Rolls Royce and British Airways Announce Joint Research Venture
The aviation industry is facing unprecedented growth in fuel costs and growing pressure to curb emission levels. As a result, research programs, joint ventures, and public-private partnerships have all been launched to come up with new forms of jet fuel. Rolls-Royce and British Airways are the most recent companies to announce a research partnership to study the feasibility of dramatically expanding the use of the alternative fuels.
Jet fuel (kerosene) now ranks as the third-highest petroleum product in demand and its growth rate outpaces that of GDP. Kerosene is the current fuel of choice for jet fuel because It is widely available and can tolerate a wide range of temperatures. The demand for kerosene on the global market has caused its price to double in the last 12 months alone. Growth in demand for kerosene is being driven, in part, by a growing culture of mobility and its transportation fuels byproducts in the rapidly growing economies of Asia, but also because of the added pressure of American military fuel consumption in the Iraq war. As global energy consumption is predicted to grow 50 percent by 2050, the aviation industry is wising-up to the notion that fuel prices are not coming down any time soon.
The British Airways – Rolls Royce project asks alternative fuel providers to submit fuel samples for testing and will then draw up a list of up to four to test on a Rolls-Royce RB211 engine from a Boeing 747 (pictured above).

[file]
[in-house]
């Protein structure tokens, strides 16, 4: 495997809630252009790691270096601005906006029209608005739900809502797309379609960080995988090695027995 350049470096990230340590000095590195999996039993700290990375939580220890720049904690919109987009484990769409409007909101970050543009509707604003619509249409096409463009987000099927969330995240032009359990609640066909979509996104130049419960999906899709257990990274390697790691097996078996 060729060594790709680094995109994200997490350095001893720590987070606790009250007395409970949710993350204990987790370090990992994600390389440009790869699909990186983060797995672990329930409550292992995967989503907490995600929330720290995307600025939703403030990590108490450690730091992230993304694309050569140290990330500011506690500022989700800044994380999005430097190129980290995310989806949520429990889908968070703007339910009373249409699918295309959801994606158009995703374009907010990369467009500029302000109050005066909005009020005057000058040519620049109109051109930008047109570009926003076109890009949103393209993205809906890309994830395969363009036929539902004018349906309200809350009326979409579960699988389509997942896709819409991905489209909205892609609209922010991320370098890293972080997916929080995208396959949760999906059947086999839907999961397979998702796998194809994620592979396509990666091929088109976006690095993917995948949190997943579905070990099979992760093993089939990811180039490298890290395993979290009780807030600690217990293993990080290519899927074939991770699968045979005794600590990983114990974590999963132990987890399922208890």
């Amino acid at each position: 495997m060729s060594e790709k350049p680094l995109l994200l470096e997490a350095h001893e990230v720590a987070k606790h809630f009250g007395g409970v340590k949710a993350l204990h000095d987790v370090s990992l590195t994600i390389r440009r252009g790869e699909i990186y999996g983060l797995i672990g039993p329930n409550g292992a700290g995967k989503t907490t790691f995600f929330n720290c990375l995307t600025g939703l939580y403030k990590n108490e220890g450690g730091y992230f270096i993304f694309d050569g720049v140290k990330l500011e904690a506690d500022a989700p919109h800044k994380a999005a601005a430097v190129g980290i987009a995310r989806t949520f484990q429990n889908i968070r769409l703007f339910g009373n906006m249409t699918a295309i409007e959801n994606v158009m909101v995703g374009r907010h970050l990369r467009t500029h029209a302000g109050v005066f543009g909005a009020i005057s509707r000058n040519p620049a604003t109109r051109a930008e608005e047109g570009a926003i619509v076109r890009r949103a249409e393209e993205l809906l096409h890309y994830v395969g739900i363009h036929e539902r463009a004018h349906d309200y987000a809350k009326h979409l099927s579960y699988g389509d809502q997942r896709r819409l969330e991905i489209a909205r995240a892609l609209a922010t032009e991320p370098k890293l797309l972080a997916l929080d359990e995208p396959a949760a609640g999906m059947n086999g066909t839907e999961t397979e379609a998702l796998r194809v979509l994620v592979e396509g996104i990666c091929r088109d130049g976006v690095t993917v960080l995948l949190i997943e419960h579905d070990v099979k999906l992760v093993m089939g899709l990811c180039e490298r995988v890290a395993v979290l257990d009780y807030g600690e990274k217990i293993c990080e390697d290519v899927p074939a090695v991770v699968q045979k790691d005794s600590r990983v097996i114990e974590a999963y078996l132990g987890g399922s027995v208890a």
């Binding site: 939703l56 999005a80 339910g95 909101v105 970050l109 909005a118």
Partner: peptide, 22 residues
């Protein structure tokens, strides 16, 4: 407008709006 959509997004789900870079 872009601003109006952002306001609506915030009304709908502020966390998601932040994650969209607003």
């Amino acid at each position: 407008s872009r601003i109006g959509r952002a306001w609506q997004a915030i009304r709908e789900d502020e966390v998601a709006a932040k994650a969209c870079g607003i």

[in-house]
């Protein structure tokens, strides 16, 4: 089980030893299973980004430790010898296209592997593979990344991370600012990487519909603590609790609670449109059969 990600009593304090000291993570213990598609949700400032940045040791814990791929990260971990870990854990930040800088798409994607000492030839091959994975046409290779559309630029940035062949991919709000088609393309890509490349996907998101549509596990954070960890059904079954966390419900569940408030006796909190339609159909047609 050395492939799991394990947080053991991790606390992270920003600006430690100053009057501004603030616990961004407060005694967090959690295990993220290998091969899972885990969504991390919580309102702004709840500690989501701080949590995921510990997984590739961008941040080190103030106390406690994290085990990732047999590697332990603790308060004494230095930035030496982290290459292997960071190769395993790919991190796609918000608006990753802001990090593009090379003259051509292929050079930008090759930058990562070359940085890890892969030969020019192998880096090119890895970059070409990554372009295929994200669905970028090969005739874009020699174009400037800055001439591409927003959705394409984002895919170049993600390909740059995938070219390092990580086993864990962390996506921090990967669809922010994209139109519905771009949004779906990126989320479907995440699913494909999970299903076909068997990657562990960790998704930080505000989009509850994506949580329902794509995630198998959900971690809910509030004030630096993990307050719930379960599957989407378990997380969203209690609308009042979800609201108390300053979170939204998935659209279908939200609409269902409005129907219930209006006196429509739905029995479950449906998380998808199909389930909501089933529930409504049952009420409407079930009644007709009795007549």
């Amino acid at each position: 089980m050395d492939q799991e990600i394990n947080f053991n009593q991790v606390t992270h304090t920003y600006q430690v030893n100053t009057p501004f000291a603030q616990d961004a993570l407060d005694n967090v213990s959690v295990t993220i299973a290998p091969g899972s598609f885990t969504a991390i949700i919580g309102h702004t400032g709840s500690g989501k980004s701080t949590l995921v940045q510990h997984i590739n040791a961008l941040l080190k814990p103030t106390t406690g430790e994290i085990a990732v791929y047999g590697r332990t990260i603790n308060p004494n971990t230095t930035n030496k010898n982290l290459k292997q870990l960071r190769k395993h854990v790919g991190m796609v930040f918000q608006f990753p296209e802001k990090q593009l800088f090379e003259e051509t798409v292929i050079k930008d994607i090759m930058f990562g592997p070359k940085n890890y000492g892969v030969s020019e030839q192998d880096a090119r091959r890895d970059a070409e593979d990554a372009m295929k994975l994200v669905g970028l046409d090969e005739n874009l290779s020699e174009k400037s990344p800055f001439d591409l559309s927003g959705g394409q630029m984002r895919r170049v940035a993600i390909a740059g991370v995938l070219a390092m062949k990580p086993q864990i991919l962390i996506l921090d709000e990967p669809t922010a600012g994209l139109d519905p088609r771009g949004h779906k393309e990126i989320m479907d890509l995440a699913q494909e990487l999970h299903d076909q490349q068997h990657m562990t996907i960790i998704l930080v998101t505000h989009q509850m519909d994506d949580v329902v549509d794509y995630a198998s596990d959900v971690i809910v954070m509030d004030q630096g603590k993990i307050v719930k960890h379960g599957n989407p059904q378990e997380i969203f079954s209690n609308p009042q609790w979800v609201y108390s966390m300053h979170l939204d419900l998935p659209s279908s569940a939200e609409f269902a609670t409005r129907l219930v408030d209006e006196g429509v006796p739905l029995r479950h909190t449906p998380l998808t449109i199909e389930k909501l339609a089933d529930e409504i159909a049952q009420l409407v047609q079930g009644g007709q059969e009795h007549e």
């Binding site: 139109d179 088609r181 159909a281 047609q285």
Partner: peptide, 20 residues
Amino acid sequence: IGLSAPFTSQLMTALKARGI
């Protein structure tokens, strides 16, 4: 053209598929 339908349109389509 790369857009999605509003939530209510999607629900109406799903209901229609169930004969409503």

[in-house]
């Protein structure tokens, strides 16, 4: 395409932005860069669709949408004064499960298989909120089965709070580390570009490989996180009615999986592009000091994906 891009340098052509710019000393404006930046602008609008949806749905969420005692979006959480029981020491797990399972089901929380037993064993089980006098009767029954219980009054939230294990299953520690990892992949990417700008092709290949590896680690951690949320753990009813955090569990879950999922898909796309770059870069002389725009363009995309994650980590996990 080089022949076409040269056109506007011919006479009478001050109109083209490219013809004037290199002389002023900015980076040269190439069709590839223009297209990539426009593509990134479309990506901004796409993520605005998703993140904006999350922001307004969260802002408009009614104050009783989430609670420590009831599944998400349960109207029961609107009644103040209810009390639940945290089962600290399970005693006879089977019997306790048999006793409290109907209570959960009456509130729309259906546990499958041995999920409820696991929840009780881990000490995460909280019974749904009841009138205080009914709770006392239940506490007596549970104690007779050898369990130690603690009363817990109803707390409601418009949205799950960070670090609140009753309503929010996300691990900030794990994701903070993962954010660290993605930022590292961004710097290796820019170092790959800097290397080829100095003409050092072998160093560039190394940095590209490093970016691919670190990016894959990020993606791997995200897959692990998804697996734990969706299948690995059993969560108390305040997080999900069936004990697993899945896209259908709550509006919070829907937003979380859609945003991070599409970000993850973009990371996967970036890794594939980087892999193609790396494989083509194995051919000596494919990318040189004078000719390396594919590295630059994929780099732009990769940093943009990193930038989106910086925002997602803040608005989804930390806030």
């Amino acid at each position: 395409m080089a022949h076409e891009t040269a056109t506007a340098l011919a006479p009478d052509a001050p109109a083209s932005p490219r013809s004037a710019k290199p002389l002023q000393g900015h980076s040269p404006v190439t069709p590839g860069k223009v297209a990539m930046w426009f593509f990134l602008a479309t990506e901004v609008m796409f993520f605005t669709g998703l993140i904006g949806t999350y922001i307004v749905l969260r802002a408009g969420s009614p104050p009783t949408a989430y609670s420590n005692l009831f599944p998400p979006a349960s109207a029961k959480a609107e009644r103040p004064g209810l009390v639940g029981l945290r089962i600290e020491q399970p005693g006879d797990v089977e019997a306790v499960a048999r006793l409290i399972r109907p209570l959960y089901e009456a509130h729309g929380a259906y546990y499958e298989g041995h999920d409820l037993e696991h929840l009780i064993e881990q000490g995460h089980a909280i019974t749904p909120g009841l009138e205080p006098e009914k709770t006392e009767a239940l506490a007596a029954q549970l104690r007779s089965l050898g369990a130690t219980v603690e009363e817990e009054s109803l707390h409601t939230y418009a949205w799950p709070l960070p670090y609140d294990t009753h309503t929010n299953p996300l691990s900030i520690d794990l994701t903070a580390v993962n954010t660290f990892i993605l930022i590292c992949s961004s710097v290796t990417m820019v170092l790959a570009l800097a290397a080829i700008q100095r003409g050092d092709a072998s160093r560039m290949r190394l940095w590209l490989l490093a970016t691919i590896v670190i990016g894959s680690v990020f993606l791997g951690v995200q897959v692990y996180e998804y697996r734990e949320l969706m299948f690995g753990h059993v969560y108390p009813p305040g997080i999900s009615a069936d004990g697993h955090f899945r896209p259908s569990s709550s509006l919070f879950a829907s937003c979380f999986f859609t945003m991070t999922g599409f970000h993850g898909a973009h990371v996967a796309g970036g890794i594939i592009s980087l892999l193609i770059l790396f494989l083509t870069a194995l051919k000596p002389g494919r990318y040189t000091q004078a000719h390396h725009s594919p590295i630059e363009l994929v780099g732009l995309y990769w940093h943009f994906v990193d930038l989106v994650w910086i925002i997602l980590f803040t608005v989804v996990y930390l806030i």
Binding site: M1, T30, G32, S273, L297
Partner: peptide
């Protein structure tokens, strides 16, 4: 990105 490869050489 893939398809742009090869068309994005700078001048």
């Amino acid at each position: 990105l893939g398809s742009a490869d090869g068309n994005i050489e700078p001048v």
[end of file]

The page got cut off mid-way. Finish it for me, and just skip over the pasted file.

Suppliers that reach the ‘short list’ will have to provide 60,000 liters of fuel and demonstrate the fuels’ suitability, sustainability, and potential for mass production and global distribution to support the world’s aviation industry.
Increased R&D Activity in Alternative Fuels for Aviation
- The U.S. Department of Transportation announced that it will finance a new competition designed to spur innovation in renewable fuels and technologies for the aviation industry. Along with the Federal Aviation Administration, DOT granted $500,000 to the nonprofit X Prize Foundation as seed money for a contest that will call on private industry to develop alternative jet fuels or technologies. The coming aviation X Prize could ultimately carry a prize purse of $10 million or more.
- Airbus and Honeywell also announced a new project to provide one-third of aviation’s fuel needs by 2030 using second-generation biofuels made from things like vegetable biomass and algae.
Other posts about alternative jet fuels:
- “Price of Oil Has Dept. of Defense Looking to Save Fuel”:: Red, Green, & Blue
- “Branson Still Putting 100% of Virgin’s Proceeds Towards Clean Fuels”:: gas2.org
- “E.U. Defends Biofuels Targets as Food Prices Soar”:: gas2.org
- “Algae Biofuel May be Future of Aviation”:: Green Options
- “LS9’s Designer Biofuel, Renewable Petroleum”:: CleanTechnica
Other sources: The Guardian